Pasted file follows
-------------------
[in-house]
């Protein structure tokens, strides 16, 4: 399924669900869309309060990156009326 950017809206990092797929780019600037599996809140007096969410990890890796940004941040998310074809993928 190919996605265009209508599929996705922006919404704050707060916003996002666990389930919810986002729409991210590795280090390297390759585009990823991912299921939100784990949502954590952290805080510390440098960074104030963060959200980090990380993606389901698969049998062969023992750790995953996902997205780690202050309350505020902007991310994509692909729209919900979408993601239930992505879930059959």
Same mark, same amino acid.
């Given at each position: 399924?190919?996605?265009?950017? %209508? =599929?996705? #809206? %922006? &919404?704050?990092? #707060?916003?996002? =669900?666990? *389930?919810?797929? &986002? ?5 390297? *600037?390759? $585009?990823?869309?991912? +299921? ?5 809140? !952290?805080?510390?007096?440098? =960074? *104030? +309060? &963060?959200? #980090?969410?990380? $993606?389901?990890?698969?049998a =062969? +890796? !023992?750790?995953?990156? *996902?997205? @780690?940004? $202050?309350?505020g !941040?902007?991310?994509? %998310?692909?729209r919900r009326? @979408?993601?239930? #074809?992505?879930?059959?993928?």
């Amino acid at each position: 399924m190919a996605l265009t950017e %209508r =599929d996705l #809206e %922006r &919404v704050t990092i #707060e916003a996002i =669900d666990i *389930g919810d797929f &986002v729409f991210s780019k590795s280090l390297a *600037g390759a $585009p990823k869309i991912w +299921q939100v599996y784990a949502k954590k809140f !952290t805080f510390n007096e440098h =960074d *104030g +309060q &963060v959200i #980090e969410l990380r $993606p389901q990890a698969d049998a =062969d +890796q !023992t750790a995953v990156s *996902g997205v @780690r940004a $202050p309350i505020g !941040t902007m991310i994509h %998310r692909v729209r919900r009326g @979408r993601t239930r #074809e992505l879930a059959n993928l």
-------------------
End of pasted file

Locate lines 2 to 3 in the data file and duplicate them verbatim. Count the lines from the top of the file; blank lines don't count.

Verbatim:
């Protein structure tokens, strides 16, 4: 399924669900869309309060990156009326 950017809206990092797929780019600037599996809140007096969410990890890796940004941040998310074809993928 190919996605265009209508599929996705922006919404704050707060916003996002666990389930919810986002729409991210590795280090390297390759585009990823991912299921939100784990949502954590952290805080510390440098960074104030963060959200980090990380993606389901698969049998062969023992750790995953996902997205780690202050309350505020902007991310994509692909729209919900979408993601239930992505879930059959």
Same mark, same amino acid.